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UW-River Falls archive center provides students, citizens with historical glimpse into area’s past

April 24, 2008

Deep in a corner of the lower level of the Chalmer Davee Library lies a place with no windows.  It’s a place on campus that houses some of the most interesting and amazing materials, yet many people on campus have never been there.  It’s the River Falls Area Research Center and University Archives, otherwise known as the UWRF ARC.

The UWRF ARC is composed of two different departments that work in conjunction with each other.  The University Archives is one entity of the UWRF ARC, the other is the River Falls Area Research Center.

The goal of the University Archives portion is, “to collect and preserve materials that document the history, development, traditions and activities of the University since its establishment in 1874,” according to the UWRF Area Research Center and University Archives Web site.

This includes copies of all issues of the Student Voice from when it began in 1916 to the present, photographs of buildings, events, groups, students and faculty from and on the UWRF campus and even an old Freddy the Falcon uniform, just to name a few, Alyson Jones, head of the UWRF ARC, said.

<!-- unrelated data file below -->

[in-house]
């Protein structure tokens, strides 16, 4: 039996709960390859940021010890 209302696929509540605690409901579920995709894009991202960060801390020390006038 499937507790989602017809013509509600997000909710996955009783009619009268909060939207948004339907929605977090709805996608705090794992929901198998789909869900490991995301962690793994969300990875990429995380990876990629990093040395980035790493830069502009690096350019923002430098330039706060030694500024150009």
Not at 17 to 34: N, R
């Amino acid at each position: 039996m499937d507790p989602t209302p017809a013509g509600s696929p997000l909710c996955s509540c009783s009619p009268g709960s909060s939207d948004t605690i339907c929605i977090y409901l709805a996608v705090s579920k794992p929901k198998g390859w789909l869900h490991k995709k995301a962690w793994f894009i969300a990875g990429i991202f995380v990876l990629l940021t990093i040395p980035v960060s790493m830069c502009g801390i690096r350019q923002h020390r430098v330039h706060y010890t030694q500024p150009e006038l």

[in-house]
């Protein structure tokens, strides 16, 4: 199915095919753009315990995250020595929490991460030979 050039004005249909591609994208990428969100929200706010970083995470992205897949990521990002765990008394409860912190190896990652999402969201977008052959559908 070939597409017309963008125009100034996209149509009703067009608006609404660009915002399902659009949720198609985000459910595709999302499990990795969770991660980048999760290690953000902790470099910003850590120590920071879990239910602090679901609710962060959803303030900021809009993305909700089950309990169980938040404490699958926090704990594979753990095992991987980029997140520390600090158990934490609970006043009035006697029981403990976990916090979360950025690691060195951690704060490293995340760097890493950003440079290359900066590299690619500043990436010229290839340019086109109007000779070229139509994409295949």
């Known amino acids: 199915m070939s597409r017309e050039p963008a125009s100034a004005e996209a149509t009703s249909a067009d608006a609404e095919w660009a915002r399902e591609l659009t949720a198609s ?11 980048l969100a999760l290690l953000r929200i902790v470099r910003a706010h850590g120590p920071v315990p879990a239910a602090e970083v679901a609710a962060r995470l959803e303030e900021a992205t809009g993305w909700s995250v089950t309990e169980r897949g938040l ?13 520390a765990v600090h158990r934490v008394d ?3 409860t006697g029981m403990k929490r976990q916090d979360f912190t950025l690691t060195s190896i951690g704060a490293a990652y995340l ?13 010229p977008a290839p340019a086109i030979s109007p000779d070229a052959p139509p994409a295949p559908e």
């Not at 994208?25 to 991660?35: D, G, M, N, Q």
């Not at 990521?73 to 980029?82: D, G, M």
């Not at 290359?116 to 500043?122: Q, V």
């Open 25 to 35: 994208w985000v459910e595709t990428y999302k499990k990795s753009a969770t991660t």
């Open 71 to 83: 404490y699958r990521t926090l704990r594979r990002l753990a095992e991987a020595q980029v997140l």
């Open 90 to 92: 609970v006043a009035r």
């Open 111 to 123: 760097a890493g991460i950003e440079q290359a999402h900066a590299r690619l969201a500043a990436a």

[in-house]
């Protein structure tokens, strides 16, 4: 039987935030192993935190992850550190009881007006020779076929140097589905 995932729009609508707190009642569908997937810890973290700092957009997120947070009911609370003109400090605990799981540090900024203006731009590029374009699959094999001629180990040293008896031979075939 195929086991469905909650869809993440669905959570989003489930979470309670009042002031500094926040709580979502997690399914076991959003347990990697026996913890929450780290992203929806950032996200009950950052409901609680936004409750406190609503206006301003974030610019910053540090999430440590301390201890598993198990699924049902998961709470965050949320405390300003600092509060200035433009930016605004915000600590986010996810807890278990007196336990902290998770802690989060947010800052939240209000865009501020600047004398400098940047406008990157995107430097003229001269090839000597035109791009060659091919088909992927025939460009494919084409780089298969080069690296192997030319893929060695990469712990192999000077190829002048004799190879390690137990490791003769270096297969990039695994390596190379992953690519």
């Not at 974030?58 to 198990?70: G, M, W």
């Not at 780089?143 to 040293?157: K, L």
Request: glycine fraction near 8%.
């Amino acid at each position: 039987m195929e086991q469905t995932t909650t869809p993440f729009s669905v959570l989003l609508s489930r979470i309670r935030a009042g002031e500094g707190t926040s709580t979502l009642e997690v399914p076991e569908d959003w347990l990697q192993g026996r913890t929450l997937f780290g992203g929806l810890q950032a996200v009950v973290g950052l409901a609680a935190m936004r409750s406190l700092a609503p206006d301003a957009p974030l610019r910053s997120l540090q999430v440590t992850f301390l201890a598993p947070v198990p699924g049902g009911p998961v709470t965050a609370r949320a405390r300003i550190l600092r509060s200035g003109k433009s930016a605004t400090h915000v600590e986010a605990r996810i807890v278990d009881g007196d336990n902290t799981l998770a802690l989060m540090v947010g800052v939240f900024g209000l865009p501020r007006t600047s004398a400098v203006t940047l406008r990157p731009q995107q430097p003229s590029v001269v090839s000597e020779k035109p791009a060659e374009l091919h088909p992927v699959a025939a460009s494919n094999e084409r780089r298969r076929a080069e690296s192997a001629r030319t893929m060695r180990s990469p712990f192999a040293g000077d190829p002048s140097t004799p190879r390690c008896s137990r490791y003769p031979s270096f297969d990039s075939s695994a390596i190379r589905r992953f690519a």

The River Falls Area Research Center portion of the UWRF ARC operates as a branch of the State Historical Society.  This unit contains a plethora of information from the four counties in the area: Burnett, Pierce, Polk and St. Croix.  This collection includes manuscripts, county archives, newspapers dating back to the 1800s, and other historical collections such as books.

The total collection size of the UWRF ARC spans 2,409 linear feet, according to the UWRF ARC usage statistics from 2006-2007.

Thanks to the relocation of Textbook Services, UWRF ARC will be getting a bigger space.

“We’re moving either late summer or in the fall into the old textbook services center,” Jones said.

Some interesting highlights from this collection include a rare book collection with books covered in animal skin dating back to the 1600s, a Ku Klux Klan robe for an adult and child and even citizenship papers from immigrants making Wisconsin their home.  Most of these materials have been donated by patrons who made the contribution to the UWRF ARC in order to preserve and record history.

“About half of our patrons are community members, which is unusual for a school department,” Jones said.

Jones said that the main reason people visit the UWRF ARC is for genealogical research.  The second reason patrons visit the archives is for scholarly research and the third is students working on class projects.

Another interesting characteristic of the UWRF ARC is that even though it only houses materials included in the four-county area, materials can be shipped to patrons for research via the statewide ARC network.  The network links the 14 different Area Research Centers in the state of Wisconsin and provides the capability for patrons to request information that may not be carried at the UWRF ARC, explained Jones.

“It’s a surprise every day,” said Danielle Hubing, a senior at UWRF majoring in history and art who has worked at the UWRF ARC for two and a half years. “You pull something out and you never know what you’re going to get.”